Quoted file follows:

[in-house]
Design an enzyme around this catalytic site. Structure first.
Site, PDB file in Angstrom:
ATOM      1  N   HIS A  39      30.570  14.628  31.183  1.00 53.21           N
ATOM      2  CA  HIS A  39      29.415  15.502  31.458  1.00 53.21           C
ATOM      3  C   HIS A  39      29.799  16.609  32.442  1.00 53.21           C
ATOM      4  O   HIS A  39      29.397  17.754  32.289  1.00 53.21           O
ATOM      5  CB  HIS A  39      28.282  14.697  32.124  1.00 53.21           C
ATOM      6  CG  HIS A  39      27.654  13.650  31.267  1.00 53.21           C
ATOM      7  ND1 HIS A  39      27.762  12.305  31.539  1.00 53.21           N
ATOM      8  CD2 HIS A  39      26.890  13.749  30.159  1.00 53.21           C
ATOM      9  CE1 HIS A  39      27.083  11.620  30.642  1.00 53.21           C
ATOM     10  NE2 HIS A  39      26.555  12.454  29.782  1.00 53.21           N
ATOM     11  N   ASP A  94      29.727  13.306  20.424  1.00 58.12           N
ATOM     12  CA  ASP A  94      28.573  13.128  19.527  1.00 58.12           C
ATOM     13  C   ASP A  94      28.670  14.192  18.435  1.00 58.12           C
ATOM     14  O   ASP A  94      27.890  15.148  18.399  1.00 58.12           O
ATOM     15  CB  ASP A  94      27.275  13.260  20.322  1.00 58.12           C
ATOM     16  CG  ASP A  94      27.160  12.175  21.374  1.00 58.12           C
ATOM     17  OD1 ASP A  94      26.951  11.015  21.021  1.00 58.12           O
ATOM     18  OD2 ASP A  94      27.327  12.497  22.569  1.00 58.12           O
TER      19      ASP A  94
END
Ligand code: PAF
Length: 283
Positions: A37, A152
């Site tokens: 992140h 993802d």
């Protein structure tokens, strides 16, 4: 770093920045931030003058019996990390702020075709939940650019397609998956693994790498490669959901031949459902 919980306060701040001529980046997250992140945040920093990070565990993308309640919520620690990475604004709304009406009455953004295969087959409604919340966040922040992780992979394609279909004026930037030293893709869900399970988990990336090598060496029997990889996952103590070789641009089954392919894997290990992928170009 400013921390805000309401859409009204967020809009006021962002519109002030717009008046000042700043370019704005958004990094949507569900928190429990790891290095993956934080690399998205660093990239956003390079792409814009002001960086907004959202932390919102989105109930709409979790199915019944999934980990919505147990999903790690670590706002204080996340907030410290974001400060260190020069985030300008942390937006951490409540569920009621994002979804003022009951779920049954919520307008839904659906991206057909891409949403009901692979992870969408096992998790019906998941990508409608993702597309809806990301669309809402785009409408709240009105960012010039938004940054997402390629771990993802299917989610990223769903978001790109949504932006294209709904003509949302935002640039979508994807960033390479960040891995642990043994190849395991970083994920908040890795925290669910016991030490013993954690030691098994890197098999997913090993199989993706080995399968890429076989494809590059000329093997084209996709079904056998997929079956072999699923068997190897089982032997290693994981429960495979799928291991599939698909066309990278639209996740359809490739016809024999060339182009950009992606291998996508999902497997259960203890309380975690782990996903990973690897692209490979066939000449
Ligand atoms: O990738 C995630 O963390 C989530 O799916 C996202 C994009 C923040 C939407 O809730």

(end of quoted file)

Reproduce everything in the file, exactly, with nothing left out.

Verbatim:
[in-house]
Design an enzyme around this catalytic site. Structure first.
Site, PDB file in Angstrom:
ATOM      1  N   HIS A  39      30.570  14.628  31.183  1.00 53.21           N
ATOM      2  CA  HIS A  39      29.415  15.502  31.458  1.00 53.21           C
ATOM      3  C   HIS A  39      29.799  16.609  32.442  1.00 53.21           C
ATOM      4  O   HIS A  39      29.397  17.754  32.289  1.00 53.21           O
ATOM      5  CB  HIS A  39      28.282  14.697  32.124  1.00 53.21           C
ATOM      6  CG  HIS A  39      27.654  13.650  31.267  1.00 53.21           C
ATOM      7  ND1 HIS A  39      27.762  12.305  31.539  1.00 53.21           N
ATOM      8  CD2 HIS A  39      26.890  13.749  30.159  1.00 53.21           C
ATOM      9  CE1 HIS A  39      27.083  11.620  30.642  1.00 53.21           C
ATOM     10  NE2 HIS A  39      26.555  12.454  29.782  1.00 53.21           N
ATOM     11  N   ASP A  94      29.727  13.306  20.424  1.00 58.12           N
ATOM     12  CA  ASP A  94      28.573  13.128  19.527  1.00 58.12           C
ATOM     13  C   ASP A  94      28.670  14.192  18.435  1.00 58.12           C
ATOM     14  O   ASP A  94      27.890  15.148  18.399  1.00 58.12           O
ATOM     15  CB  ASP A  94      27.275  13.260  20.322  1.00 58.12           C
ATOM     16  CG  ASP A  94      27.160  12.175  21.374  1.00 58.12           C
ATOM     17  OD1 ASP A  94      26.951  11.015  21.021  1.00 58.12           O
ATOM     18  OD2 ASP A  94      27.327  12.497  22.569  1.00 58.12           O
TER      19      ASP A  94
END
Ligand code: PAF
Length: 283
Positions: A37, A152
């Site tokens: 992140h 993802d």
């Protein structure tokens, strides 16, 4: 770093920045931030003058019996990390702020075709939940650019397609998956693994790498490669959901031949459902 919980306060701040001529980046997250992140945040920093990070565990993308309640919520620690990475604004709304009406009455953004295969087959409604919340966040922040992780992979394609279909004026930037030293893709869900399970988990990336090598060496029997990889996952103590070789641009089954392919894997290990992928170009 400013921390805000309401859409009204967020809009006021962002519109002030717009008046000042700043370019704005958004990094949507569900928190429990790891290095993956934080690399998205660093990239956003390079792409814009002001960086907004959202932390919102989105109930709409979790199915019944999934980990919505147990999903790690670590706002204080996340907030410290974001400060260190020069985030300008942390937006951490409540569920009621994002979804003022009951779920049954919520307008839904659906991206057909891409949403009901692979992870969408096992998790019906998941990508409608993702597309809806990301669309809402785009409408709240009105960012010039938004940054997402390629771990993802299917989610990223769903978001790109949504932006294209709904003509949302935002640039979508994807960033390479960040891995642990043994190849395991970083994920908040890795925290669910016991030490013993954690030691098994890197098999997913090993199989993706080995399968890429076989494809590059000329093997084209996709079904056998997929079956072999699923068997190897089982032997290693994981429960495979799928291991599939698909066309990278639209996740359809490739016809024999060339182009950009992606291998996508999902497997259960203890309380975690782990996903990973690897692209490979066939000449
Ligand atoms: O990738 C995630 O963390 C989530 O799916 C996202 C994009 C923040 C939407 O809730």